BULGARIA: New Trademark Law Brings Significant Changes

Dec 2 2020 - 14:26

Bulgaria’s new trademark law came into force on December 17, 2019. It transposes the European Union Trade Marks Directive 2015/2436 (the Directive) and includes many substantive and procedural changes, including the following:

  • The graphical representation requirement no longer exists. Applicants can now claim sound, hologram, position, pattern, motion, multimedia, or other signs that can be reproduced on the trademark register.

  • Among the new absolute grounds for refusal or invalidation are trademarks that cannot be registered pursuant to the EU legislation protecting the names of wines, traditional specialties guaranteed, or trademarks that consist of, or reproduce in their essential elements, an earlier plant variety denomination. Bad-faith filings are still not among the absolute grounds for invalidity despite the Directive mandating for this.

  • There are also new opposition grounds. An opposition can be filed on the basis of earlier rights to a company name or a geographical indication. While bad-faith filings can be opposed, bad faith must be established in separate judicial proceedings, contrary to the Directive’s requirement for expeditious administrative proceedings. Prior use remains an opposition ground, although unregistered trademarks are not protected by exclusive rights.

  • To combat counterfeiters, rights holders can now prevent the entry of infringing goods into Bulgaria even if they are not intended for sale in the local market, so long as the trademark is protected in the country of final destination. Affixing an infringing trademark to goods, and related preparatory acts, now also constitutes infringement.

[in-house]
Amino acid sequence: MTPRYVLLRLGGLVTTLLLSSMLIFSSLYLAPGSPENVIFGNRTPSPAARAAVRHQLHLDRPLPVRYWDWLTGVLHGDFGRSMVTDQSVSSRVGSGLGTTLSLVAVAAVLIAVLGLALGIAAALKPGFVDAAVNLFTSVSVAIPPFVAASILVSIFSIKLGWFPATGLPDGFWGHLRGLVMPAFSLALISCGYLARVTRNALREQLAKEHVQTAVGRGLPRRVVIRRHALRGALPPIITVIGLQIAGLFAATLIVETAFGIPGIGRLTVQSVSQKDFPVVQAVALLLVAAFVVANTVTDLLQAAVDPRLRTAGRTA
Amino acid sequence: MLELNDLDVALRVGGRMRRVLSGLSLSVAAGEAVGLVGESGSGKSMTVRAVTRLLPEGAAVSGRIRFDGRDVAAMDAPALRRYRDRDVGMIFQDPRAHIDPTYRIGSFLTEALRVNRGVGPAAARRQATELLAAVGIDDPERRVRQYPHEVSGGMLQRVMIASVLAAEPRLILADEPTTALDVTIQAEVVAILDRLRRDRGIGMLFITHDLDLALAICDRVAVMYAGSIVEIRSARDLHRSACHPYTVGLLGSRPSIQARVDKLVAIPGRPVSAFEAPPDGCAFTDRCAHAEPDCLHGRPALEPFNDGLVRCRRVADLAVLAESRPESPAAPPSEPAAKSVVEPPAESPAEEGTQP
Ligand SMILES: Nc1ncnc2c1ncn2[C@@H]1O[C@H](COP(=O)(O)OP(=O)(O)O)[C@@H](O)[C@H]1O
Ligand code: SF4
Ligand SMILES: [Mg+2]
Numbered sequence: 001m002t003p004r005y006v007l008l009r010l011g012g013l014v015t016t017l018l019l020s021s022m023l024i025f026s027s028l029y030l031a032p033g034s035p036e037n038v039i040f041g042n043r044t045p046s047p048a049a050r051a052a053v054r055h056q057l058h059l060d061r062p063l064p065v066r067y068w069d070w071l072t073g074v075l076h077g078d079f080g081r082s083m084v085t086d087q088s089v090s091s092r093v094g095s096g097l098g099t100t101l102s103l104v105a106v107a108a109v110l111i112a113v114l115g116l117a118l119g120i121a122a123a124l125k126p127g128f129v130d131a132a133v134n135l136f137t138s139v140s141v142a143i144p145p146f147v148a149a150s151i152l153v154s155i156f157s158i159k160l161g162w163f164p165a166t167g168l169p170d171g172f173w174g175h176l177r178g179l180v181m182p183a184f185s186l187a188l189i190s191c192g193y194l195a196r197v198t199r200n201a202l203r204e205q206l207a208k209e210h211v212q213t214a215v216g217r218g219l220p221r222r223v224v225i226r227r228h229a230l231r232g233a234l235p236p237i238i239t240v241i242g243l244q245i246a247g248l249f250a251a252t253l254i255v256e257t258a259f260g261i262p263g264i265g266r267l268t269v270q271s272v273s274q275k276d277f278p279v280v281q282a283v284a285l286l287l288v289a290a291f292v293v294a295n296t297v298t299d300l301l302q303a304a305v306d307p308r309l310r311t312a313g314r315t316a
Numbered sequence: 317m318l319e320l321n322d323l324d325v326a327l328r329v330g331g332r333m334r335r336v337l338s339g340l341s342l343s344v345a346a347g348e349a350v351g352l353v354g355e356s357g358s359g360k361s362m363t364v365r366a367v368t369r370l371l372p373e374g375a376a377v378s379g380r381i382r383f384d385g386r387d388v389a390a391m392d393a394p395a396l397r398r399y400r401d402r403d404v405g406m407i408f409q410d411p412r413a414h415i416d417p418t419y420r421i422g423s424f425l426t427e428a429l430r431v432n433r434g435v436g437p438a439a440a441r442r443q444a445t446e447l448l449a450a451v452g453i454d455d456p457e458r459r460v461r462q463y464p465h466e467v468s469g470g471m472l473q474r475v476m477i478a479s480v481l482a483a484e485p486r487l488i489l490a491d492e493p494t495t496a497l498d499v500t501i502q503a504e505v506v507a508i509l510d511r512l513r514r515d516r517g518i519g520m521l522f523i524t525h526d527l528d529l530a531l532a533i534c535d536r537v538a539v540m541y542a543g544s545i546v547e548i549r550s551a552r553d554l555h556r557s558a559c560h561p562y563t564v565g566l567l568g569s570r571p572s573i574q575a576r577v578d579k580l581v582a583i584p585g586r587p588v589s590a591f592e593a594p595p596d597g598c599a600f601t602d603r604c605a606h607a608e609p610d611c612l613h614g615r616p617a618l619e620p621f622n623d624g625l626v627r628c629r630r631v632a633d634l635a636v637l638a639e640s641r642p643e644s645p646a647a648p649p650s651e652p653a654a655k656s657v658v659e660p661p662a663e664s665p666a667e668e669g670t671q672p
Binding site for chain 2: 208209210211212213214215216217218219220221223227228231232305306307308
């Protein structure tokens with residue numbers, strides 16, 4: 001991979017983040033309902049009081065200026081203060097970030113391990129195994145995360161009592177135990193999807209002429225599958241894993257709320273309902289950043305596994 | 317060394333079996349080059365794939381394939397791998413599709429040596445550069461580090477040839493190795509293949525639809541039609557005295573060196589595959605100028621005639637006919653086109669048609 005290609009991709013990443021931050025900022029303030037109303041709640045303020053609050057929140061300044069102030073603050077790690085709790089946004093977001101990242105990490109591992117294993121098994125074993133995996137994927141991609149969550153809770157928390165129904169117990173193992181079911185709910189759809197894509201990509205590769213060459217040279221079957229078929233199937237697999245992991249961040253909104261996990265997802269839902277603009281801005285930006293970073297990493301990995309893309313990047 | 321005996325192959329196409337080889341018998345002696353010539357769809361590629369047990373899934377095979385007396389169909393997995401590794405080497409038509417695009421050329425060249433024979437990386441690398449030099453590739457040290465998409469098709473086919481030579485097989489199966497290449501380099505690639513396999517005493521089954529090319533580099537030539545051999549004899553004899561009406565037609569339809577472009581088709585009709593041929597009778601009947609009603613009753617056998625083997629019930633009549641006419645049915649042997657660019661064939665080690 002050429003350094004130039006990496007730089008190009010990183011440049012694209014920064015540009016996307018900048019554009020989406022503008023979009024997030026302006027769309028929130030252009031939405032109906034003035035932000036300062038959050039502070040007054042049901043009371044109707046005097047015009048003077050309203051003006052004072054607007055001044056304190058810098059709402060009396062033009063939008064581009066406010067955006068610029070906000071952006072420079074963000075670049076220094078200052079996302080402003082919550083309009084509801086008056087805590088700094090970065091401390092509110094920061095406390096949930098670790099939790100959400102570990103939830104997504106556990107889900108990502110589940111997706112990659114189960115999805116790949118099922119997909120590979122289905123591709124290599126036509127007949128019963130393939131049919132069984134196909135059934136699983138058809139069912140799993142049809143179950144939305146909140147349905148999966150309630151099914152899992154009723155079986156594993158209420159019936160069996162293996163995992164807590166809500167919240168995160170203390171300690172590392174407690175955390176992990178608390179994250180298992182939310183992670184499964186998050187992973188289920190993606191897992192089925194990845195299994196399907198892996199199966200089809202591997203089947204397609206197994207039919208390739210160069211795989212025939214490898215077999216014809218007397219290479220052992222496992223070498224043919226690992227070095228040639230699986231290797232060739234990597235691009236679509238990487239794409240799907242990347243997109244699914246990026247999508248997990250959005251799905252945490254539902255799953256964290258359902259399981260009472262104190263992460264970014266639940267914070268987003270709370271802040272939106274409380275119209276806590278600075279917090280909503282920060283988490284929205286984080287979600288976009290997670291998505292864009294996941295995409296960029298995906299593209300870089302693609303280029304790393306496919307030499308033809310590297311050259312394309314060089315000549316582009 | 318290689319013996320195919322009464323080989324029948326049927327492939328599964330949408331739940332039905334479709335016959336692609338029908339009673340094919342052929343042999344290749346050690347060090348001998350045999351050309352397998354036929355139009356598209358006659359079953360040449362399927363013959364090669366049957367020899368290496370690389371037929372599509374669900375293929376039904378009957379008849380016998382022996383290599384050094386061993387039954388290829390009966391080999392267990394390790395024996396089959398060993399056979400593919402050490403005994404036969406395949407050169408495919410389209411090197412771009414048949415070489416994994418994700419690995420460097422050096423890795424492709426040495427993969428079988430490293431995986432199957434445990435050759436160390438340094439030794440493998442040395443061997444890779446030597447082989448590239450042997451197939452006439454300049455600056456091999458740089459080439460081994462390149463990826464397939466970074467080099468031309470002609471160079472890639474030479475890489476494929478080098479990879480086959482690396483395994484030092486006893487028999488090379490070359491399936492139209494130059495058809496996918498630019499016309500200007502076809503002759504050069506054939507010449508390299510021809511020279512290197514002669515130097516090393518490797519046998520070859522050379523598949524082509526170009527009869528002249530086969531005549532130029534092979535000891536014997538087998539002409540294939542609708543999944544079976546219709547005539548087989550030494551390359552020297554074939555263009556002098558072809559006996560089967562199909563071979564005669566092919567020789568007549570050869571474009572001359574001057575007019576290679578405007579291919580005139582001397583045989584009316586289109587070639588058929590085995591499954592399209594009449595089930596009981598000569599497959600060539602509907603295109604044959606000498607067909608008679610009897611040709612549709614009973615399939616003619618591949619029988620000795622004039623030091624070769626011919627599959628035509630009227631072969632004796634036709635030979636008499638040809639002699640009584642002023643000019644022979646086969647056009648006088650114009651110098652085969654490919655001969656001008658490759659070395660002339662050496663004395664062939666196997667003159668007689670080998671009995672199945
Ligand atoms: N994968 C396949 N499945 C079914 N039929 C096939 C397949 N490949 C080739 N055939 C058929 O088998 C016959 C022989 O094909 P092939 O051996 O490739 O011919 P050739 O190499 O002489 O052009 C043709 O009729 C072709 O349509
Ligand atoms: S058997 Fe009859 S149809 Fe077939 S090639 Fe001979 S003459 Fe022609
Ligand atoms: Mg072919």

• The starting date of the grace period for using an International Registration (IR) designated to Bulgaria has been clarified to address inconsistent practices among the Patent Office of the Republic of Bulgaria (BPO) and the courts. The grace period will be calculated from the date of publication of a grant notice in the BPO’s bulletin.

  • The new law improves regulation of intermediary liability and obligations. It also amends the rules on administrative liability for infringement.

  • Many statutory time limits have been shortened. For example, the three-month time period to oppose an IR designating Bulgaria begins two months after publication of the mark in the BPO’s bulletin, as opposed to six months after publication as was the case before.

  • The rules on official fees have changed. A single basic prosecution fee has replaced separate filing and registration fees, and reimbursement of half of the opposition fee is now allowed when there is an early settlement.

By Dimitar Batakliev, Head of Office, PETOŠEVIĆ Bulgaria

This article first appeared in the INTA Bulletin and was reprinted with permission from the International Trademark Association (INTA).

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